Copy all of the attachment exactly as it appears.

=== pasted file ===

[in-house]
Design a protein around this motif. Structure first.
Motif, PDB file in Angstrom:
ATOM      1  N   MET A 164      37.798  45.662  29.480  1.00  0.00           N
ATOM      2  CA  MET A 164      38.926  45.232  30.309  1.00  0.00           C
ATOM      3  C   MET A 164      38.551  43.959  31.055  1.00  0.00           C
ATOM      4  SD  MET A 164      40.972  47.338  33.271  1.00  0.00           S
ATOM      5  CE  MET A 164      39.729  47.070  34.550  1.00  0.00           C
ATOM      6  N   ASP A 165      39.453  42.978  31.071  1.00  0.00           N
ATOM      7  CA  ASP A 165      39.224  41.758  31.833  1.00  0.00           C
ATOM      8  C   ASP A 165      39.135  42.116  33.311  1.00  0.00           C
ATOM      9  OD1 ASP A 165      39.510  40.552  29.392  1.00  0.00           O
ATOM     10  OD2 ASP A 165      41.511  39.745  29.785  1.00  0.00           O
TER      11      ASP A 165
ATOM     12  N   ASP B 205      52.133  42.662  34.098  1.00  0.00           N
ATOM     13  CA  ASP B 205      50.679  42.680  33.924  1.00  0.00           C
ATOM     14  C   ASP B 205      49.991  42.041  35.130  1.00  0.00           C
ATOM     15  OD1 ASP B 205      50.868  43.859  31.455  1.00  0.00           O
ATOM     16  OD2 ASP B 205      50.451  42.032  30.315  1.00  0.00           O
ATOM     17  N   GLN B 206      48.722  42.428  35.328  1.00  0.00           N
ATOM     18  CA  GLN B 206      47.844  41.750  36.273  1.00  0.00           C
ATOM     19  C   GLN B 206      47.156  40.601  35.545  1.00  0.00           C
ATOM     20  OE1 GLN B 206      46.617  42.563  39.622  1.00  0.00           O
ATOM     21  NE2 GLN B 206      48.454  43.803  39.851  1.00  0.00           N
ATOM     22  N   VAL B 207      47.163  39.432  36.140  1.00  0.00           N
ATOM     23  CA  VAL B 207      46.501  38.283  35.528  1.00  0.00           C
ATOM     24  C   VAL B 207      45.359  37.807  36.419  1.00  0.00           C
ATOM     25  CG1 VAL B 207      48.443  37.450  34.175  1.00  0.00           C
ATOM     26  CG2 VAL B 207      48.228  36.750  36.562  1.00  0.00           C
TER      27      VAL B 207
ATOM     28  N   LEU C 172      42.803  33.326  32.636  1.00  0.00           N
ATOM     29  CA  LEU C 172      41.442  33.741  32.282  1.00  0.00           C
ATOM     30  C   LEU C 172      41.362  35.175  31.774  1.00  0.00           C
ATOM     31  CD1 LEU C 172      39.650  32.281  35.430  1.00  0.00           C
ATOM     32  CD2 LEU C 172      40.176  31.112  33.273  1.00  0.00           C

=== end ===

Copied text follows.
[in-house]
Design a protein around this motif. Structure first.
Motif, PDB file in Angstrom:
ATOM      1  N   MET A 164      37.798  45.662  29.480  1.00  0.00           N
ATOM      2  CA  MET A 164      38.926  45.232  30.309  1.00  0.00           C
ATOM      3  C   MET A 164      38.551  43.959  31.055  1.00  0.00           C
ATOM      4  SD  MET A 164      40.972  47.338  33.271  1.00  0.00           S
ATOM      5  CE  MET A 164      39.729  47.070  34.550  1.00  0.00           C
ATOM      6  N   ASP A 165      39.453  42.978  31.071  1.00  0.00           N
ATOM      7  CA  ASP A 165      39.224  41.758  31.833  1.00  0.00           C
ATOM      8  C   ASP A 165      39.135  42.116  33.311  1.00  0.00           C
ATOM      9  OD1 ASP A 165      39.510  40.552  29.392  1.00  0.00           O
ATOM     10  OD2 ASP A 165      41.511  39.745  29.785  1.00  0.00           O
TER      11      ASP A 165
ATOM     12  N   ASP B 205      52.133  42.662  34.098  1.00  0.00           N
ATOM     13  CA  ASP B 205      50.679  42.680  33.924  1.00  0.00           C
ATOM     14  C   ASP B 205      49.991  42.041  35.130  1.00  0.00           C
ATOM     15  OD1 ASP B 205      50.868  43.859  31.455  1.00  0.00           O
ATOM     16  OD2 ASP B 205      50.451  42.032  30.315  1.00  0.00           O
ATOM     17  N   GLN B 206      48.722  42.428  35.328  1.00  0.00           N
ATOM     18  CA  GLN B 206      47.844  41.750  36.273  1.00  0.00           C
ATOM     19  C   GLN B 206      47.156  40.601  35.545  1.00  0.00           C
ATOM     20  OE1 GLN B 206      46.617  42.563  39.622  1.00  0.00           O
ATOM     21  NE2 GLN B 206      48.454  43.803  39.851  1.00  0.00           N
ATOM     22  N   VAL B 207      47.163  39.432  36.140  1.00  0.00           N
ATOM     23  CA  VAL B 207      46.501  38.283  35.528  1.00  0.00           C
ATOM     24  C   VAL B 207      45.359  37.807  36.419  1.00  0.00           C
ATOM     25  CG1 VAL B 207      48.443  37.450  34.175  1.00  0.00           C
ATOM     26  CG2 VAL B 207      48.228  36.750  36.562  1.00  0.00           C
TER      27      VAL B 207
ATOM     28  N   LEU C 172      42.803  33.326  32.636  1.00  0.00           N
ATOM     29  CA  LEU C 172      41.442  33.741  32.282  1.00  0.00           C
ATOM     30  C   LEU C 172      41.362  35.175  31.774  1.00  0.00           C
ATOM     31  CD1 LEU C 172      39.650  32.281  35.430  1.00  0.00           C
ATOM     32  CD2 LEU C 172      40.176  31.112  33.273  1.00  0.00           C